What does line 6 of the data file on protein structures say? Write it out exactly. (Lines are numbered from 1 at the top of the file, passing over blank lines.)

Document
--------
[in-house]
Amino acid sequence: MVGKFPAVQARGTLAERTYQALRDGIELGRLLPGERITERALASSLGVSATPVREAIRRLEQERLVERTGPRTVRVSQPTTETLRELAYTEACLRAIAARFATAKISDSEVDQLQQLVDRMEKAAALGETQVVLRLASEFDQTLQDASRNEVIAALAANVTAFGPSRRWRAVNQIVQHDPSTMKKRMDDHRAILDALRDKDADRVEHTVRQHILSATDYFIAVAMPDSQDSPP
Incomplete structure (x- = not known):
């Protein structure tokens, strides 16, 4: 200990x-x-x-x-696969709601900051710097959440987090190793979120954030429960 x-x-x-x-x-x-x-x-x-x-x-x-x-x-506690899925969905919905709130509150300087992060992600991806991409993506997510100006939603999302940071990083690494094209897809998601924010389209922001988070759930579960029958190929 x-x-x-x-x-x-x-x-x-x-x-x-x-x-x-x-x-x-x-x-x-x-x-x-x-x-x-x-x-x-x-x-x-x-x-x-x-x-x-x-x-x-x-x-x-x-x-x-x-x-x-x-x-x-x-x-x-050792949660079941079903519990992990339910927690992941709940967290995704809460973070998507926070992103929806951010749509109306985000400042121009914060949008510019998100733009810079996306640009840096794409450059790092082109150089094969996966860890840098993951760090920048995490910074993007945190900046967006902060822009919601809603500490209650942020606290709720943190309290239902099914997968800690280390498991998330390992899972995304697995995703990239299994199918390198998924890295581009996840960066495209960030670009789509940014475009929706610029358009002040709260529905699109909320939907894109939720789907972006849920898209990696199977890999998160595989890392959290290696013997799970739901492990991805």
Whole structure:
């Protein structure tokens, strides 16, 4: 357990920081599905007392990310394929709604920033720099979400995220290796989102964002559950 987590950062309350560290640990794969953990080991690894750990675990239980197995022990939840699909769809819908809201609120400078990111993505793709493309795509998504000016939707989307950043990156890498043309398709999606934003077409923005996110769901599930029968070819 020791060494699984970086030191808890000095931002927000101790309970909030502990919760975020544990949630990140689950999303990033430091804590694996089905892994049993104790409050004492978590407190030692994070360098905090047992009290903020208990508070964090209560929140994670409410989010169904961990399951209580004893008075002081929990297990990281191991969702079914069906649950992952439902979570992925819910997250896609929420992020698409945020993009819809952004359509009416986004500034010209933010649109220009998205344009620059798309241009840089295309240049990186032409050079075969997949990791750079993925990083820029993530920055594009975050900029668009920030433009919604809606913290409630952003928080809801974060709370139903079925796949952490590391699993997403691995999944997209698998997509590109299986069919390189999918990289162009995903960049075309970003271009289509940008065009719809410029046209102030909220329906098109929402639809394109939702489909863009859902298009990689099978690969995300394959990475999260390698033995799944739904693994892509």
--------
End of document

């Protein structure tokens, strides 16, 4: 357990920081599905007392990310394929709604920033720099979400995220290796989102964002559950 987590950062309350560290640990794969953990080991690894750990675990239980197995022990939840699909769809819908809201609120400078990111993505793709493309795509998504000016939707989307950043990156890498043309398709999606934003077409923005996110769901599930029968070819 020791060494699984970086030191808890000095931002927000101790309970909030502990919760975020544990949630990140689950999303990033430091804590694996089905892994049993104790409050004492978590407190030692994070360098905090047992009290903020208990508070964090209560929140994670409410989010169904961990399951209580004893008075002081929990297990990281191991969702079914069906649950992952439902979570992925819910997250896609929420992020698409945020993009819809952004359509009416986004500034010209933010649109220009998205344009620059798309241009840089295309240049990186032409050079075969997949990791750079993925990083820029993530920055594009975050900029668009920030433009919604809606913290409630952003928080809801974060709370139903079925796949952490590391699993997403691995999944997209698998997509590109299986069919390189999918990289162009995903960049075309970003271009289509940008065009719809410029046209102030909220329906098109929402639809394109939702489909863009859902298009990689099978690969995300394959990475999260390698033995799944739904693994892509």